This has been a busy, busy week. Not to mention a lot going on with work this week, and a friend's wedding Friday night, and heading out to Columbia Saturday to come back Sunday to go straight into work for a few hours. In addition to all that I've been down to the Doctor twice.
First time was on Tuesday morning. It was my trial embryo transfer. The Doc was going through the motions with all his fun equipment and making sure which catheter worked the best, best positioning, etc. It was good times. (PS- can't wait til someone invents a sarcasm font.) Then bloodwork. I thought I felt a harder prick of the needle than normal but just chalked it up to still not liking needles. Nope. Sure enough, I've got a good bruise on my arm now. The bright spot was Tim took me out for lunch afterwards. Racanelli's pizza is yummy. I told him to take me anywhere we don't have out in St. Charles county. So far so good. Last week was Pickle's deli. I had a great sandwich.
Yesterday was our 5 hour long IVF orientation. Most of the stuff was review but some was new. The jury is still out on whether we left feeling hopeful or more scared. The strange thing is that Tim, Mr. Worst Case Scenario, was the hopeful one. Granted he had some good points. We were probably the only ones in there in our age group (under 35). Dr. Odem has been straight up with us in the past and hasn't said anything to make us feel like IVF will be a waste of our time. The statistics they gave count in everyone trying IVF, while we have unexplained infertility but all our parts are still working, other people have far more serious issues. They may never get pregnant and their stats were factored in as well.
On the other hand, the info I didn't know already just made me more nervous. It made me realize that having a baby is a miracle. And exactly that, you need a miracle for this to happen. Statistics from their office show IVF in our age group creates pregnancy 50% of the time and that you carry that baby to delivery is 44%. That makes me want to hyperventilate. We need a miracle.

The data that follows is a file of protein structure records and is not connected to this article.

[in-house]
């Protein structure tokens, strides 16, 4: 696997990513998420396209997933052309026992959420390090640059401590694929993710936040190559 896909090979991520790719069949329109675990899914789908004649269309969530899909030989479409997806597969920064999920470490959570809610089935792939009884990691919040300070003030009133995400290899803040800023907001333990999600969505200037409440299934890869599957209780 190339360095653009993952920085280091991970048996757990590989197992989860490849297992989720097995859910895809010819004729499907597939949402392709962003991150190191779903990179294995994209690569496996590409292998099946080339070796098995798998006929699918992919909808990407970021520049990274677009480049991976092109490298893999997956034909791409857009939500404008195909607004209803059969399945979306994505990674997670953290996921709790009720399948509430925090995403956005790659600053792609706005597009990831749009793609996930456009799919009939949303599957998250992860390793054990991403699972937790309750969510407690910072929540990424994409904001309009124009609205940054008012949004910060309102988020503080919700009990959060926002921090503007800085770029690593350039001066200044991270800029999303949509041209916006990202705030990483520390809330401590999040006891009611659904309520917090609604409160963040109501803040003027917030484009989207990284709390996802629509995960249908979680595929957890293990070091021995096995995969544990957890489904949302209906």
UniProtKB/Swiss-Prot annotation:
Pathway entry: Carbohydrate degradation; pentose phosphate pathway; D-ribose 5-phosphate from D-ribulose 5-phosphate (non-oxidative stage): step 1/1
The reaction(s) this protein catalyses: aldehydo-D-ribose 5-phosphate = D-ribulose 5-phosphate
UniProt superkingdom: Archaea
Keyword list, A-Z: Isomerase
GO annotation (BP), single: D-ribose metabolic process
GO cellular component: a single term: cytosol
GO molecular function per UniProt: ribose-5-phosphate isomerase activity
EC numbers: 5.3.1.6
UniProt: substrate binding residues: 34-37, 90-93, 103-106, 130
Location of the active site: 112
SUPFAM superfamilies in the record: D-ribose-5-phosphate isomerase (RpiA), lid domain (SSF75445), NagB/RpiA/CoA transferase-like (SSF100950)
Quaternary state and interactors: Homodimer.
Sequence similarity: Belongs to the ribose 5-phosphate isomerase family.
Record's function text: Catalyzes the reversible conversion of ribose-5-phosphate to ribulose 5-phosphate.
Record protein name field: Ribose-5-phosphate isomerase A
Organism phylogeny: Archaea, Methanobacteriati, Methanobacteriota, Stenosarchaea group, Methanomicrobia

They covered the process from start to finish and this is what we need. 1) I need to react well to the stimulating meds. Underreacting would lead to cancelling the procedure, Overreacting could lead to some very serious side effects and cancelling the procedure. 2) When they remove my follicles, the eggs need to be mature. 3) Mature eggs then need to be fertilized. Even though they can inject a sperm inside, doesn't mean it will take. 4) Fertilize eggs need to grow properly. 2 to 4 to 8 cells. 5) Fertilized eggs need to be transferred back and need to stick. 6) Then a whole new set of issues to overcome to not miscarry. I keep telling myself that people do this every day. All of my worries and fear of the "what if's" is not going to stop me from pushing on and trying. People do this every day. My goal is to stay positive and think of all the good what if's.
After our brain-numbing orientation, Tim took me out for Indian food. It was good - spicy- but good. Today we get our shipment of meds. All but the HCG shot, that comes from a different pharmacy. I'll try to learn how to post pics because this pile of drugs is going to be massive!
On my goal of being positive, Tim helped a lot last night. He got a glimpse into the thoughts of girls and played the "what if" game with me. We came up with name ideas for a boy, for a girl. Decorated the nursery in our minds for a boy or a girl....got stuck on what to do with twins if we get one of each. Came up with best room to place the rocking chair, etc. It was fun for me, hopefully Tim didn't think I was too crazy thinking about that stuff already. In addition to the what if game, I'm going to post quotes that I find are inspirational to me. Please feel free to post any that you find and love too.
Our greatest glory is not in never failing, but in rising up every time we fail. ~ Ralph Waldo Emerson